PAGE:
Before we took our recent ten-day family road trip up the Eastern Seaboard, I flew into a wild sewing rage and made a stack of things to take with us. I knew I wanted some very specific things for our kids’ suitcases: our boy needed more shorts, our girls needed tee shirt dresses that would feel like jammies and be comfy enough to wear for the whole of a long day of driving, I wanted a tee that was loose and easy to wear while staying awake to keep my (driving) husband company, and sun hats for the children while they were on the beach, since they steadfastly refuse to stay under the (village of) umbrellas even when they’re not in the water. Whew! To be honest, I also wanted to make myself a new duffel, but man, you gotta quit while you’re ahead sometimes.
Right around when I was busy making my totally
insane reasonable list of last-minute sewing projects, Amanda over at Westwood Acres posted on IG that she was having a flash sale on these Heather Ross Briar Rose knits and BAM! Before you knew it, I had eight yards of the stuff sitting on my cutting table! How did THAT happen?!?
These were crazy quick to stitch up–I always use the lightning stitch on my sewing machine, same as I tell my students in my Sewing Knits class, but then finished off these seams with my serger, just for neatness. The neckline is a ribbed cotton knit that I had in my stash–whaaat?? I love it when things like that happen. The color was purr-fection.
The original plan was to make dresses for both of the girls, but I ended up choosing to make a dress/tunic for the youngest, and make an A-line tee for her older sister. I started with the Schoolbus Tee from Oliver + S, and made some adjustments to length and volume to get there. For the youngest, I added 4″ to the overall length, plus I swung the side seam out by 3/4″ on each side to increase the volume just a hair. I added a casing of the ribbed cotton on the back waist, with a length of elastic to cinch the waist a bit. Short sleeves, and a simple neckline of the rib knit folded in half and stitched/serged on the interior.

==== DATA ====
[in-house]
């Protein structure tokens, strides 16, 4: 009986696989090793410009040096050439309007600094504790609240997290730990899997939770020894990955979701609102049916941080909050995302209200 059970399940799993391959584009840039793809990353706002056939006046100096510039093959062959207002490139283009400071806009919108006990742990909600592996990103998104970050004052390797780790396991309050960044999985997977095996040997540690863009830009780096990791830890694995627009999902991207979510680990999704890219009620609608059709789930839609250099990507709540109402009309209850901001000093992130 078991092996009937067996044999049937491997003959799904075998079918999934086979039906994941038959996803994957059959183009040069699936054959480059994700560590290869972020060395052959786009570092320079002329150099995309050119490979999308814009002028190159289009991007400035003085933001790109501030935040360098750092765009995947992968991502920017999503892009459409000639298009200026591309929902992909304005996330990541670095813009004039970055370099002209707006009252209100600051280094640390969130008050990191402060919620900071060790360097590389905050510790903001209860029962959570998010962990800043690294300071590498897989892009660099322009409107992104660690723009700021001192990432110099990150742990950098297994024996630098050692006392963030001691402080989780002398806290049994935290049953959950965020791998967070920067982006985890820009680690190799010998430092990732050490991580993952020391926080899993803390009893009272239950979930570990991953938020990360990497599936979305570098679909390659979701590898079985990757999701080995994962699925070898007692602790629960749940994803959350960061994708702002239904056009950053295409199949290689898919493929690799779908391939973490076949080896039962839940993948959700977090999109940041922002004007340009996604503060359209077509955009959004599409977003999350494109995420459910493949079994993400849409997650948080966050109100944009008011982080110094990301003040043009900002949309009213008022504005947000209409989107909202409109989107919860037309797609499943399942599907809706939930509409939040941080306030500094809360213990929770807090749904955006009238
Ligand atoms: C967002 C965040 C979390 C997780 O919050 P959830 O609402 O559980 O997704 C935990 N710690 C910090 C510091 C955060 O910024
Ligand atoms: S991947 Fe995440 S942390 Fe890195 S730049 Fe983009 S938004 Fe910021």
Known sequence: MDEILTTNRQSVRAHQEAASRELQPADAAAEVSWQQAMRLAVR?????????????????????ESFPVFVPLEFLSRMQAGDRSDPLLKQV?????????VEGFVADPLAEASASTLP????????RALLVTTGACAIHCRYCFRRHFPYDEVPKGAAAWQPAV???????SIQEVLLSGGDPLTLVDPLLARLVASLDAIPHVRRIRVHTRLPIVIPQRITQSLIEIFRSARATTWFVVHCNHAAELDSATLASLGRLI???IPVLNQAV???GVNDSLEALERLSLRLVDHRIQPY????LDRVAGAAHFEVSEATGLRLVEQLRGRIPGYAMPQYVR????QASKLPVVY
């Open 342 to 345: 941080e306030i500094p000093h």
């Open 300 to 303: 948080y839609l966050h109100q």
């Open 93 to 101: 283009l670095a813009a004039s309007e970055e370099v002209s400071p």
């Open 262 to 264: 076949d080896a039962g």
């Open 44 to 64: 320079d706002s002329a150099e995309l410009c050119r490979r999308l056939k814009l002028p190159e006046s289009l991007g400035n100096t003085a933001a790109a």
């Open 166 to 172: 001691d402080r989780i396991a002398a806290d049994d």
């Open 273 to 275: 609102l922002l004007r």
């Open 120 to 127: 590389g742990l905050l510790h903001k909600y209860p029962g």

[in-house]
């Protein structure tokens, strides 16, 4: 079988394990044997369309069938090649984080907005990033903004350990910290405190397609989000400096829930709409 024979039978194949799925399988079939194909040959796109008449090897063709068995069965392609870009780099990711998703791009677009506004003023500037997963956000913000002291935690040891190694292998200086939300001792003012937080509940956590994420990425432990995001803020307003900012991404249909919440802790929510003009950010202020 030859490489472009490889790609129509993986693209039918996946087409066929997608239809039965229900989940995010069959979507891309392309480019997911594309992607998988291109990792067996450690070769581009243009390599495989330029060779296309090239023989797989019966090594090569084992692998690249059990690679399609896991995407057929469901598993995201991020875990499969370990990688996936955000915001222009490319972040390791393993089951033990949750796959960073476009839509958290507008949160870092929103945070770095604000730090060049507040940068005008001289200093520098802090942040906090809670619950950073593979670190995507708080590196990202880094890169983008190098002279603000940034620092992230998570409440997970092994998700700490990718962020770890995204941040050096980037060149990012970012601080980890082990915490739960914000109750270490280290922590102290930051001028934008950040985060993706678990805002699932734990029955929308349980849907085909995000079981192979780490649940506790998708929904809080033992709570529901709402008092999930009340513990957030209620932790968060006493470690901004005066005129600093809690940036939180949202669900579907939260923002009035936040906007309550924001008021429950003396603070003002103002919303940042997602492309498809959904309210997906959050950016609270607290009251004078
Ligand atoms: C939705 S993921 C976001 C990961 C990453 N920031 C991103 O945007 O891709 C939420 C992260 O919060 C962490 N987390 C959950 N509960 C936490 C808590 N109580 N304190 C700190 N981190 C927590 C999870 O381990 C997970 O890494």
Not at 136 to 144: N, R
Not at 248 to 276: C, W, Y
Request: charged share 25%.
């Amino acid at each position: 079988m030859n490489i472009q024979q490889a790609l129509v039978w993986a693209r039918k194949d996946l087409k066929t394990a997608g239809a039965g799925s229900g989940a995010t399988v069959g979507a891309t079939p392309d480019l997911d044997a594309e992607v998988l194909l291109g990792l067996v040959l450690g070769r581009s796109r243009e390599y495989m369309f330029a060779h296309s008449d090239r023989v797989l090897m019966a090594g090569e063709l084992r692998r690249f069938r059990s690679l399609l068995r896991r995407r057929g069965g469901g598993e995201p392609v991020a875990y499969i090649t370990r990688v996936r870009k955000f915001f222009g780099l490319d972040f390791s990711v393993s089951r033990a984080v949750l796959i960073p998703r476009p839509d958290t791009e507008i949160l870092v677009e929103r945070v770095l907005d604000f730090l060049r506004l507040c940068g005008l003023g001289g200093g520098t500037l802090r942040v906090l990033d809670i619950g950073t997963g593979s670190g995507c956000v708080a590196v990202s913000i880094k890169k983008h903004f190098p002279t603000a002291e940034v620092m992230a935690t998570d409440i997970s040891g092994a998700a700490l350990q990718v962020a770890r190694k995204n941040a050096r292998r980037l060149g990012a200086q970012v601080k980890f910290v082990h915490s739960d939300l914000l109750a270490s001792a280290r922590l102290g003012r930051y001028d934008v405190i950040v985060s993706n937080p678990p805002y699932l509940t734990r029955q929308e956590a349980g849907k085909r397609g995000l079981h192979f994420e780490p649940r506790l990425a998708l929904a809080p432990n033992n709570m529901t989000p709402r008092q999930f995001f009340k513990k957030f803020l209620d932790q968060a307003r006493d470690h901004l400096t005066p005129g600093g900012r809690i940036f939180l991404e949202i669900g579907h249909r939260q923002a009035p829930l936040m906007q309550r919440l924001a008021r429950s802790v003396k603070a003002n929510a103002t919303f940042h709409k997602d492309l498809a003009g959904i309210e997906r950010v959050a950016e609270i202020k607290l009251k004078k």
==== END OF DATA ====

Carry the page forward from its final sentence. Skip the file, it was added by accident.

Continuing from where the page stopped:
For her older sister, I added volume using the slash-and-spread method, giving just a slight, slight A-line to the silhouette so she’d have a little more space. My thinking was that back in the third row of the minivan, she might appreciate a little extra breathing room in her shirt while we drove, you know? Other than that, construction was the same, with the fold-in-half neckline method I use for my Sewing Knits students.
On the second day of our trip, we woke up in Fredricksburg and drove the hour or so into DC to see our nation’s capital. The girls wanted to wear their matching shirts (oh, be still my mothering heart!!), and walked and walked and walked and sweated in the humid heat and were totally comfortable. Sigh. Does making clothes for your kids get much better than that? They like them AND they wear them? So. Happy.
With school starting in our neck of the woods in a scant three weeks (eeep!!), I suspect I’ll use more of my knits stash to make a stack more of these shirts for the girls–and the boy. Part of the fun is making changes to the basic pattern and seeing to what degree I can tweak it to get a different look. These changes were slight–but next time, we might go for something even more fun. Color blocking? Gathered skirts? Ruffled hems? Hmmmm….